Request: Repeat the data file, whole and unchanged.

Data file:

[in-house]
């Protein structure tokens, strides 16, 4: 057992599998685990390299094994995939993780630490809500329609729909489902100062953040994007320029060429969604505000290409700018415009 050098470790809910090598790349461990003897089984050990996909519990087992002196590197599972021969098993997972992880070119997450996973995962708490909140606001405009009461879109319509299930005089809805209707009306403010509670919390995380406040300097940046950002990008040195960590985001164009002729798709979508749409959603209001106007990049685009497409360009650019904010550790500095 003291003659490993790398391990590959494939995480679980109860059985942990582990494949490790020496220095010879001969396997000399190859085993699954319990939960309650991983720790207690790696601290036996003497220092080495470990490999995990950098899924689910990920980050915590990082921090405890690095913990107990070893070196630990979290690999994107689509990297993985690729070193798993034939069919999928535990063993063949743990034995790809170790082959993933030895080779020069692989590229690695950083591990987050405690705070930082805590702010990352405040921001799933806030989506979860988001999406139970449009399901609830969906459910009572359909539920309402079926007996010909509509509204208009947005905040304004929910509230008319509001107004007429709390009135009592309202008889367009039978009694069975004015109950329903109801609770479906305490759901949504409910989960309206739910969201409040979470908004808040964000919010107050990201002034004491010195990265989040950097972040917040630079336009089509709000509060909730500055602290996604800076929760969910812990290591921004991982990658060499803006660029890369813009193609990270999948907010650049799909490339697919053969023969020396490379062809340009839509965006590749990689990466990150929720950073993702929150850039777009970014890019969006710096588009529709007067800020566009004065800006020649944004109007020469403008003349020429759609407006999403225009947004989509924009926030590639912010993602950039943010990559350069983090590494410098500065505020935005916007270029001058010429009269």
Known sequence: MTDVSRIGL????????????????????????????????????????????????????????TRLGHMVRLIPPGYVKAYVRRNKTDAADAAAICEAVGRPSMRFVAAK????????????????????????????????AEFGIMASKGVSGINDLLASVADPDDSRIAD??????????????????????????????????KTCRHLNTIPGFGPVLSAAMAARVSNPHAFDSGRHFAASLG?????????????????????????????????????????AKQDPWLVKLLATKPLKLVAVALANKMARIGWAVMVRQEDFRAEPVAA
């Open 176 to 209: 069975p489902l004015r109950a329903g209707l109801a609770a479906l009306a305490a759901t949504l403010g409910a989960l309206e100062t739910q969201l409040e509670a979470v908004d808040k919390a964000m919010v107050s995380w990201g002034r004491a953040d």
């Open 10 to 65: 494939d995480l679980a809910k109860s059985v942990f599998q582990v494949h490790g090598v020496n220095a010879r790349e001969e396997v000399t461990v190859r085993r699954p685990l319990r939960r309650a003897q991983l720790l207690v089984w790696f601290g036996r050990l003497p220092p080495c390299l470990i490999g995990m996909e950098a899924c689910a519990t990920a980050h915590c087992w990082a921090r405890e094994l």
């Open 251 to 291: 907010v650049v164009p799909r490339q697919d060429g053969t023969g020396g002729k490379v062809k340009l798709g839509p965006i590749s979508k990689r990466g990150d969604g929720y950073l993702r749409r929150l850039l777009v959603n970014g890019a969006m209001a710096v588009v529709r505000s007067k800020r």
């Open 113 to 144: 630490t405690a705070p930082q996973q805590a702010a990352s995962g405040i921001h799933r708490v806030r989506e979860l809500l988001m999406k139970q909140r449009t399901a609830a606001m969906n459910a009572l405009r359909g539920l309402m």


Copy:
[in-house]
């Protein structure tokens, strides 16, 4: 057992599998685990390299094994995939993780630490809500329609729909489902100062953040994007320029060429969604505000290409700018415009 050098470790809910090598790349461990003897089984050990996909519990087992002196590197599972021969098993997972992880070119997450996973995962708490909140606001405009009461879109319509299930005089809805209707009306403010509670919390995380406040300097940046950002990008040195960590985001164009002729798709979508749409959603209001106007990049685009497409360009650019904010550790500095 003291003659490993790398391990590959494939995480679980109860059985942990582990494949490790020496220095010879001969396997000399190859085993699954319990939960309650991983720790207690790696601290036996003497220092080495470990490999995990950098899924689910990920980050915590990082921090405890690095913990107990070893070196630990979290690999994107689509990297993985690729070193798993034939069919999928535990063993063949743990034995790809170790082959993933030895080779020069692989590229690695950083591990987050405690705070930082805590702010990352405040921001799933806030989506979860988001999406139970449009399901609830969906459910009572359909539920309402079926007996010909509509509204208009947005905040304004929910509230008319509001107004007429709390009135009592309202008889367009039978009694069975004015109950329903109801609770479906305490759901949504409910989960309206739910969201409040979470908004808040964000919010107050990201002034004491010195990265989040950097972040917040630079336009089509709000509060909730500055602290996604800076929760969910812990290591921004991982990658060499803006660029890369813009193609990270999948907010650049799909490339697919053969023969020396490379062809340009839509965006590749990689990466990150929720950073993702929150850039777009970014890019969006710096588009529709007067800020566009004065800006020649944004109007020469403008003349020429759609407006999403225009947004989509924009926030590639912010993602950039943010990559350069983090590494410098500065505020935005916007270029001058010429009269």
Known sequence: MTDVSRIGL????????????????????????????????????????????????????????TRLGHMVRLIPPGYVKAYVRRNKTDAADAAAICEAVGRPSMRFVAAK????????????????????????????????AEFGIMASKGVSGINDLLASVADPDDSRIAD??????????????????????????????????KTCRHLNTIPGFGPVLSAAMAARVSNPHAFDSGRHFAASLG?????????????????????????????????????????AKQDPWLVKLLATKPLKLVAVALANKMARIGWAVMVRQEDFRAEPVAA
């Open 176 to 209: 069975p489902l004015r109950a329903g209707l109801a609770a479906l009306a305490a759901t949504l403010g409910a989960l309206e100062t739910q969201l409040e509670a979470v908004d808040k919390a964000m919010v107050s995380w990201g002034r004491a953040d």
């Open 10 to 65: 494939d995480l679980a809910k109860s059985v942990f599998q582990v494949h490790g090598v020496n220095a010879r790349e001969e396997v000399t461990v190859r085993r699954p685990l319990r939960r309650a003897q991983l720790l207690v089984w790696f601290g036996r050990l003497p220092p080495c390299l470990i490999g995990m996909e950098a899924c689910a519990t990920a980050h915590c087992w990082a921090r405890e094994l």
């Open 251 to 291: 907010v650049v164009p799909r490339q697919d060429g053969t023969g020396g002729k490379v062809k340009l798709g839509p965006i590749s979508k990689r990466g990150d969604g929720y950073l993702r749409r929150l850039l777009v959603n970014g890019a969006m209001a710096v588009v529709r505000s007067k800020r």
């Open 113 to 144: 630490t405690a705070p930082q996973q805590a702010a990352s995962g405040i921001h799933r708490v806030r989506e979860l809500l988001m999406k139970q909140r449009t399901a609830a606001m969906n459910a009572l405009r359909g539920l309402m």